Diverted Profits Tax: Application for judicial review refused
Timothy Brennan QC and Georgia Hicks successfully resisted an application for judicial review in the first Diverted Profits Tax (“DPT”) case: Glencore Energy UK Ltd v HMRC  EHWC 1476 (Admin) and  EWHC 1587 (Admin).
In a judgment handed down on 29 June 2017 the High Court (Green J) rejected Glencore’s application for permission to apply for judicial review in the first DPT case to come before the courts.
DPT, introduced by the Finance Act 2015, has a unique statutory structure and context, aimed at preventing erosion of the UK tax base. It counters the use of aggressive tax planning deployed by multinational corporate groups seeking to divert from the UK profits which would otherwise have been subject to corporation tax. The subtle and nuanced statutory structure provides for a preliminary notice and a charging notice. Once a charging notice has been issued, the tax must be paid without postponement (s 98). Parliament has deliberately deprived the taxpayer of the benefit of keeping the tax while the matter is litigated; a similar approach is taken in relation to accelerated payment notices and partner payment notices.
Glencore contended that a charging notice imposing DPT of over £20m, issued under s 95 of the Act, was unlawful. The judge refused permission on multiple bases: Glencore had an effective alternative remedy under ss 101-102; while the grounds were given public law labels, the “real issues” could effectively be determined in the statutory review process and subsequent appeal; the grounds were all “weak” or “very weak”; even were there errors as alleged, the likelihood was that in their absence HMRC’s decision would not have been substantially different (see the Senior Courts Act 1981, ss 31(3C)-(3D)). In coming to the conclusion that there was an adequate statutory remedy, which therefore excluded judicial review, the judge relied, in part, on the Court of Appeal decision in CC&C Ltd v Revenue and Customs Commissioners  EWCA Civ 1653 in which Timothy Brennan QC and Marika Lemos appeared on behalf of HMRC.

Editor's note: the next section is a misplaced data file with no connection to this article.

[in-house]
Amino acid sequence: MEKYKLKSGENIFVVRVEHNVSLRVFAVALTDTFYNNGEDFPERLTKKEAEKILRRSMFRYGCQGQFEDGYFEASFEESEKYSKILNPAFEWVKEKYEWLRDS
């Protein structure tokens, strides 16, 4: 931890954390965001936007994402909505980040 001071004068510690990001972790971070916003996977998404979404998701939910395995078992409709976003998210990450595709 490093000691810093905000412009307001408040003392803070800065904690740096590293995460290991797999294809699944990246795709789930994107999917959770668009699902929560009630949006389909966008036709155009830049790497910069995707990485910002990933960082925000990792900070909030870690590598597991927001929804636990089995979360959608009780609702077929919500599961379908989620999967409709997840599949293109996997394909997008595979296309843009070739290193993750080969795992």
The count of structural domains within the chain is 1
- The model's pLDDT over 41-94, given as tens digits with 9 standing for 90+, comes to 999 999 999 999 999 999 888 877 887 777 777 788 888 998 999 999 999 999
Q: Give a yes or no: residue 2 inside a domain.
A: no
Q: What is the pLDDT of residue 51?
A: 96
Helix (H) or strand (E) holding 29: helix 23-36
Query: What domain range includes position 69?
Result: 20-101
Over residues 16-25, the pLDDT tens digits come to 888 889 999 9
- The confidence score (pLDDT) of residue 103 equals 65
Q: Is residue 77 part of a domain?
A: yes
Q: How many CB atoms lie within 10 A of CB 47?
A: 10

To read the full judgment on the judicial review application, click here.
On permission being refused, Glencore sought from the High Court permission to appeal to the Court of Appeal. In a separate judgment on a discrete point of law upon which there is no previous authority, Green J held, accepting HMRC’s submissions, that the High Court had no jurisdiction to grant permission to appeal its own decision on such an application (see CPR 52.8). To read the full judgment on permission to appeal, click here.Back to News
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